In his multi-disciplinary practice, Israeli-born American artist Ghiora Aharoni explores complex dualities, from the intersection of religion and science to intertwined relationships of seemingly disparate cultures.
Born in Rehovot, just south of Tel Aviv, in 1969, Aharoni was raised in a home full of diverse cultures and languages. His grandfather introduced him to the central texts of Jewish mysticism at an early age, which he incorporates in his work in abstract and literal ways. Aharoni often merges sacred texts of different faiths with traditional objects, such as vintage glass beakers, icons or antique Torah finials. By combining these texts and cultural artifacts and imbuing them with new meaning, Aharoni invites us to expand our perceptions of how cultures, religions and genders are interwoven and challenges conventional norms and entrenched social constructs.
The New York-based artist has exhibited his work extensively around the globe, including at the Rubin Museum and Asia Society, New York; the Vatican Apostolic Library; Museum of Contemporary Art, London; The Jewish Museum, Amsterdam; Jewish Museum, Vienna; Museum Galleries of the Jawahar Kala Kendra (JKK) in Jaipur; Dr. Bhau Daji Lad Museum (formerly The Victoria & Albert Museum), Mumbai, among others.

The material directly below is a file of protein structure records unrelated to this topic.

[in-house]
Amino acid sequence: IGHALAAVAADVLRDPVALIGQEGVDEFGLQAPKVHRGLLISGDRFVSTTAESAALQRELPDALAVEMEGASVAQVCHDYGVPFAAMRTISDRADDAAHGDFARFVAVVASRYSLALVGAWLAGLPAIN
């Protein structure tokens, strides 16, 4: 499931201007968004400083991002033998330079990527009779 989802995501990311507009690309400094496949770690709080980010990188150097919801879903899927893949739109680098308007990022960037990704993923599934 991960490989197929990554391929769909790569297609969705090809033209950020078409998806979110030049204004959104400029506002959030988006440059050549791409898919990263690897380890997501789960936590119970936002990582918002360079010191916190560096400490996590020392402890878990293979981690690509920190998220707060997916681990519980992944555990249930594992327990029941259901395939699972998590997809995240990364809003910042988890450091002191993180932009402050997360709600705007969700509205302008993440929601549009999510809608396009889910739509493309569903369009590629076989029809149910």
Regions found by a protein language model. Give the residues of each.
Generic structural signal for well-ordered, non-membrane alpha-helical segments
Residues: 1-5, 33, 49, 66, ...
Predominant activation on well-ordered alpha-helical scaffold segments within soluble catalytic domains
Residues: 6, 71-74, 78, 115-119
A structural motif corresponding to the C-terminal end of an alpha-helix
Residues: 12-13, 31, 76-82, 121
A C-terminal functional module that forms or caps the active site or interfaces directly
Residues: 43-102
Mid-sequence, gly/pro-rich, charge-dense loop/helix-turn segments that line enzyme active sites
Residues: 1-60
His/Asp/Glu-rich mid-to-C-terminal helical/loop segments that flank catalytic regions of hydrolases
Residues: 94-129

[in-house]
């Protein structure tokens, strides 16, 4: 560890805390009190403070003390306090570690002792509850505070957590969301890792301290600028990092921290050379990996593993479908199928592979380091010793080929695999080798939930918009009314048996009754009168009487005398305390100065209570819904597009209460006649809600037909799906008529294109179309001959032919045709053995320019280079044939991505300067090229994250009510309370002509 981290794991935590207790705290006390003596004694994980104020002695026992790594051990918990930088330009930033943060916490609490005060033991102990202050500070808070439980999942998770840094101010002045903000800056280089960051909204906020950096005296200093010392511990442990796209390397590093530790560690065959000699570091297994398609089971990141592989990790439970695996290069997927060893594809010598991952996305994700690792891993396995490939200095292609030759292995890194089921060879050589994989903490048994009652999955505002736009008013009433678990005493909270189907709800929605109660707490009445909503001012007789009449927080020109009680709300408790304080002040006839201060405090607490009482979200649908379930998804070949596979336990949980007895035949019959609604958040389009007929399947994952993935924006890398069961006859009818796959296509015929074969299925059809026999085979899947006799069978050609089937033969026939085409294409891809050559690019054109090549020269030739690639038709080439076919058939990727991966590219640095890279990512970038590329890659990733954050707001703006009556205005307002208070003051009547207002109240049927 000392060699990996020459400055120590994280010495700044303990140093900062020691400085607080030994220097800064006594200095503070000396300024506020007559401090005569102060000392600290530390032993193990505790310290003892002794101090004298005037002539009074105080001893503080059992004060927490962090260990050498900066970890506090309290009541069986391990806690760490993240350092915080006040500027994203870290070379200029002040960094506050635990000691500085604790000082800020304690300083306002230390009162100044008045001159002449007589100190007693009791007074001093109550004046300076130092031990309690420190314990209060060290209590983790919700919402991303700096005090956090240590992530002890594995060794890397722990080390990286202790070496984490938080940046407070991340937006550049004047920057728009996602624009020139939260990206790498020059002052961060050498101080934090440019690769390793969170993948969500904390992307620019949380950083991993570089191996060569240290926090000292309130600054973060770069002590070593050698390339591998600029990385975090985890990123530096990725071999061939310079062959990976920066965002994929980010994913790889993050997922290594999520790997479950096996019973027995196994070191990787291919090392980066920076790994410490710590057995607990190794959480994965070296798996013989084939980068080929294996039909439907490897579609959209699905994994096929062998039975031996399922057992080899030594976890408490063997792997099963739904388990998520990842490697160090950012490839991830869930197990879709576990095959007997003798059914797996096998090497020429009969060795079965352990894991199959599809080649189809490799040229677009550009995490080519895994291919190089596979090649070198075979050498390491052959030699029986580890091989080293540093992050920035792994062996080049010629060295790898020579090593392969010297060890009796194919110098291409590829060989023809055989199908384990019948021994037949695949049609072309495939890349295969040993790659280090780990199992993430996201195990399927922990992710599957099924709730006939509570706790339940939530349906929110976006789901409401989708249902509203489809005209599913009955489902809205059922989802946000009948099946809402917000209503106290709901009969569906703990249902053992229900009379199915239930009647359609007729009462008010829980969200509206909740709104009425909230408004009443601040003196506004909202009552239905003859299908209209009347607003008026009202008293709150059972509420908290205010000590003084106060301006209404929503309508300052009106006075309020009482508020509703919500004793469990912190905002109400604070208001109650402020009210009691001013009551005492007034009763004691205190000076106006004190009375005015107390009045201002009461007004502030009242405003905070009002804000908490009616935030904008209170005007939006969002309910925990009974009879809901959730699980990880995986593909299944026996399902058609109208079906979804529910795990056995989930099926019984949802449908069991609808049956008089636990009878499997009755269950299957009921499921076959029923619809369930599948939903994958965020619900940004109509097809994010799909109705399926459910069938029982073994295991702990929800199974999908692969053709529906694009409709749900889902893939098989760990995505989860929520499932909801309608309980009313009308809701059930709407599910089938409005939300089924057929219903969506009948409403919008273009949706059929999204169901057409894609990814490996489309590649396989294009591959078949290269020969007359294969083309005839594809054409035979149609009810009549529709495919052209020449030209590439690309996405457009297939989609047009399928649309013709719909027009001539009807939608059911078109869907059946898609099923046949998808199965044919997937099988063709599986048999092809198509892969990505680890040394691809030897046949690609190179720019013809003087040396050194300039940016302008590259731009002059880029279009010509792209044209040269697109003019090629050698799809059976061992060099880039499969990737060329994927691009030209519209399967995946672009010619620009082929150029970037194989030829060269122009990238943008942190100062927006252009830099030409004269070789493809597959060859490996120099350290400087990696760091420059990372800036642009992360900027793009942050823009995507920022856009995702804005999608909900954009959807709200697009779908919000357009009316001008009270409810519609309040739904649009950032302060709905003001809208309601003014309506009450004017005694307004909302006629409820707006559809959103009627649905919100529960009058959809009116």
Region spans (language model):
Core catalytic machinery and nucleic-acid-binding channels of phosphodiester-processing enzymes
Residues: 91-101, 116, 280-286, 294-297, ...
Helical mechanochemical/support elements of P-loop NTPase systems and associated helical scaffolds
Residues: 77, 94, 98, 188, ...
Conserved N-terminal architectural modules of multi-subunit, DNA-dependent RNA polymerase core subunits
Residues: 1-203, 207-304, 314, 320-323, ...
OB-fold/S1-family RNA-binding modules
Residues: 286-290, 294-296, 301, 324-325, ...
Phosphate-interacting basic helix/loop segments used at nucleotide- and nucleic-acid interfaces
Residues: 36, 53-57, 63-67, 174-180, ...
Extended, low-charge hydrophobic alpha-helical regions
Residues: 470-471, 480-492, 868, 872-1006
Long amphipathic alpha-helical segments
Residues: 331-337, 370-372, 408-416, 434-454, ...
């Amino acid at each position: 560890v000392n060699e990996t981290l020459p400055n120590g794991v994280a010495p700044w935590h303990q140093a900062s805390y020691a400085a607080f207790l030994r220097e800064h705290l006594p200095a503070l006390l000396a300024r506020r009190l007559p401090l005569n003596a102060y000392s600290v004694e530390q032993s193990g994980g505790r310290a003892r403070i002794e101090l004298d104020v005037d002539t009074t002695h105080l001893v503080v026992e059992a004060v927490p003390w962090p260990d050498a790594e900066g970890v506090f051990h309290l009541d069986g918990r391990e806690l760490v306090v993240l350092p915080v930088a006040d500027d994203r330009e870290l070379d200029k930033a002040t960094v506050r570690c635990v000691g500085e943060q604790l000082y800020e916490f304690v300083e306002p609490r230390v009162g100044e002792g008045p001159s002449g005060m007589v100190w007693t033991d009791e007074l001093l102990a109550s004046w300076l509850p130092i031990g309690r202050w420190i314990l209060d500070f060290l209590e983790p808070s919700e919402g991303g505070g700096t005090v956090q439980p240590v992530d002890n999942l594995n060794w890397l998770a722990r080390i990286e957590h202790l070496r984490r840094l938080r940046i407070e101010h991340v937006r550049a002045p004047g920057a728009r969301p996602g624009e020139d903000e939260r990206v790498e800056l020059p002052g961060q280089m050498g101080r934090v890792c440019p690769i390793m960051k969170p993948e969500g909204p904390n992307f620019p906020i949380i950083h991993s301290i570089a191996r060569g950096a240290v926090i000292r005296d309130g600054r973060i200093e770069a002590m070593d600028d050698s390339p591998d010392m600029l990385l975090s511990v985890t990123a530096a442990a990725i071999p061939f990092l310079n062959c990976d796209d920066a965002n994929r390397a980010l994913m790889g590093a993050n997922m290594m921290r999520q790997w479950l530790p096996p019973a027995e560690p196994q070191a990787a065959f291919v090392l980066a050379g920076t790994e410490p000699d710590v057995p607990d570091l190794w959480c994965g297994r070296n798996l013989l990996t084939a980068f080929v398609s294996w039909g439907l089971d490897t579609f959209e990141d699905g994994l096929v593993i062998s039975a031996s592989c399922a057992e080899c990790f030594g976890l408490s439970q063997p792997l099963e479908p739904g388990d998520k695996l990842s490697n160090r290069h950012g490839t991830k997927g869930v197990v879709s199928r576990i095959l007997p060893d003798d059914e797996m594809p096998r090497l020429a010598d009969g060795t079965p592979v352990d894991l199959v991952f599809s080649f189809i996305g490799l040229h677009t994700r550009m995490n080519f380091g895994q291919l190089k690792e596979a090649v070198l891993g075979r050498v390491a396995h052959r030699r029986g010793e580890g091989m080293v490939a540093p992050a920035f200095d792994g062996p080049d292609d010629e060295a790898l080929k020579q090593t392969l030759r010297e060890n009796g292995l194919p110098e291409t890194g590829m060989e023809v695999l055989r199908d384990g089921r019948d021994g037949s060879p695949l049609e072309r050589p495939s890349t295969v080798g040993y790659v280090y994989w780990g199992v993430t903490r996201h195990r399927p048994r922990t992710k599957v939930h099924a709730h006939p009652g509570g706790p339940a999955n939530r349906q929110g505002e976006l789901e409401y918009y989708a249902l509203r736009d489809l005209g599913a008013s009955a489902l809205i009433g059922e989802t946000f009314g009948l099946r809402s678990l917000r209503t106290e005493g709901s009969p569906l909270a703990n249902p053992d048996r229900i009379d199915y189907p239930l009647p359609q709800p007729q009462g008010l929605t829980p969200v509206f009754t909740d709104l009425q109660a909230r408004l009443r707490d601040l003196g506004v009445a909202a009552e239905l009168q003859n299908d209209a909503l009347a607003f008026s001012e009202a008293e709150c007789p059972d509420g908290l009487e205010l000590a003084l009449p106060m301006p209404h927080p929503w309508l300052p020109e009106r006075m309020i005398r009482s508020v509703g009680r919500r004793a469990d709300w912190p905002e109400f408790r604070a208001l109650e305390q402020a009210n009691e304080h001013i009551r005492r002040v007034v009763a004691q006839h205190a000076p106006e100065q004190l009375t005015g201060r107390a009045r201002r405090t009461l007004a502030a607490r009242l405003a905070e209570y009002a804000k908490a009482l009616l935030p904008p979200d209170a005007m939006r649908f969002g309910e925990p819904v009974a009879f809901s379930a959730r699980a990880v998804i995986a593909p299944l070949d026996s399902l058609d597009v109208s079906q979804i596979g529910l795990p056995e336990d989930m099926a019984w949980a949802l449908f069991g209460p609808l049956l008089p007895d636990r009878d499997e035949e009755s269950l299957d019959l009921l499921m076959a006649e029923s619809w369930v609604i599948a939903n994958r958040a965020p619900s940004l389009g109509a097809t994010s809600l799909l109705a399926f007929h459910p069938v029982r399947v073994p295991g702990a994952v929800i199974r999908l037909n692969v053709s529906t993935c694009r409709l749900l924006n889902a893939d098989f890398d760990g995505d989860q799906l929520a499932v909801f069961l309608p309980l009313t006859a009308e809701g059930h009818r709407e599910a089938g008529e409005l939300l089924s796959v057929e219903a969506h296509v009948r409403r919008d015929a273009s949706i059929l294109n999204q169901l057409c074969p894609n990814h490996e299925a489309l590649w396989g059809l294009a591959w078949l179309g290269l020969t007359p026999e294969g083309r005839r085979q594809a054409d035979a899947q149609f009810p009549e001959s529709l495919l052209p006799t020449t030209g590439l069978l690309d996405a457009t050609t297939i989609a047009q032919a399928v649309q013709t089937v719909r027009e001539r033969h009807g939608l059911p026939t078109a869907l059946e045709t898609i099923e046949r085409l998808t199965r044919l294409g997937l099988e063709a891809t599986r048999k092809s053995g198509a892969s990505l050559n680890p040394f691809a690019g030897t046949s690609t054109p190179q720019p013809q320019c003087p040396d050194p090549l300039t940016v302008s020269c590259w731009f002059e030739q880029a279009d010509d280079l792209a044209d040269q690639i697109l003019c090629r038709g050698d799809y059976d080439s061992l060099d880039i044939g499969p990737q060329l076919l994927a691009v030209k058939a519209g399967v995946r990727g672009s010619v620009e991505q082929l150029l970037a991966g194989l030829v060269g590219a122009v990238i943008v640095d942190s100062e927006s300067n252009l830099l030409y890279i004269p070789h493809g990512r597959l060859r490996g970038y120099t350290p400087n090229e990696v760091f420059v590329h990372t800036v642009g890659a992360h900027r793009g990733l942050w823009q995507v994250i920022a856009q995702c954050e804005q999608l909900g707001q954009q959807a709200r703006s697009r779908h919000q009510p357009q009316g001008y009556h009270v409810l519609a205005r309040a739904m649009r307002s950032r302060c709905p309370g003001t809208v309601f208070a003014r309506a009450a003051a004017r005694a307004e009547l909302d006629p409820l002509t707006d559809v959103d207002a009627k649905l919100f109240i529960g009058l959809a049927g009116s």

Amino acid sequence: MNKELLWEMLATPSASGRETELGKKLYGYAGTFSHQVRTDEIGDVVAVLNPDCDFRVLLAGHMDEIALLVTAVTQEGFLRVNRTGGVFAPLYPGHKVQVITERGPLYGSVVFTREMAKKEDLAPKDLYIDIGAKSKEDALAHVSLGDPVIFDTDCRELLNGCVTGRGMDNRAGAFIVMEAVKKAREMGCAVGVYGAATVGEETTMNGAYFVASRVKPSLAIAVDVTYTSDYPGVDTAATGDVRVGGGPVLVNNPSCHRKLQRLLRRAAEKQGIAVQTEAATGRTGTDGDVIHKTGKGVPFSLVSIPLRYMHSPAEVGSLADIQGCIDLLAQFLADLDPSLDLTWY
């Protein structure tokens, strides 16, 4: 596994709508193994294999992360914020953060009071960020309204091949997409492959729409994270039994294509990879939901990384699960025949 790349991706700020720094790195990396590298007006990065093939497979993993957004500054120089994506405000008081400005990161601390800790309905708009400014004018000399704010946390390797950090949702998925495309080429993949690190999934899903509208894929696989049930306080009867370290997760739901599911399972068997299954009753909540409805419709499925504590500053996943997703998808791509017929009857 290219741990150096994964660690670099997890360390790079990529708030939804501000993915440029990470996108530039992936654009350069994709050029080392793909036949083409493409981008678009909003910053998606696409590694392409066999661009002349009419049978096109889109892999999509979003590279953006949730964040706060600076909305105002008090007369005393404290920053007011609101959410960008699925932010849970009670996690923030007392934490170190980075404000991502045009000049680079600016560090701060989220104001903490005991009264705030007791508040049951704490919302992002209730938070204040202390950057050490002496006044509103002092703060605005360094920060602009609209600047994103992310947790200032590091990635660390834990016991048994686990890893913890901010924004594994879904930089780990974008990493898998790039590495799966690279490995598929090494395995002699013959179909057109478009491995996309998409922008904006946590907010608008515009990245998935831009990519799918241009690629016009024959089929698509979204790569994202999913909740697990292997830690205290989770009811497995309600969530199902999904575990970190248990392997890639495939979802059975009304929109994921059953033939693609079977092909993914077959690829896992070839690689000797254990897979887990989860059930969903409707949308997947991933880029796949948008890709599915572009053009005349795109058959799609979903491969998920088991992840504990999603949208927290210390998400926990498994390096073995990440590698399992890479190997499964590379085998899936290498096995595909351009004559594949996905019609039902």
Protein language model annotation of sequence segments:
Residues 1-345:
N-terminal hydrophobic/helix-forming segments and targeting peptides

Aharoni’s work is in the collections of The Metropolitan Museum of Art and The Morgan Library & Museum, New York; Centre Pompidou, Paris; Musei Vaticani; National Gallery of Art, Washington, D.C.; the Kiran Nadar Museum of Art, New Delhi; and the Anu Museum, Tel Aviv, among other cultural institutions worldwide.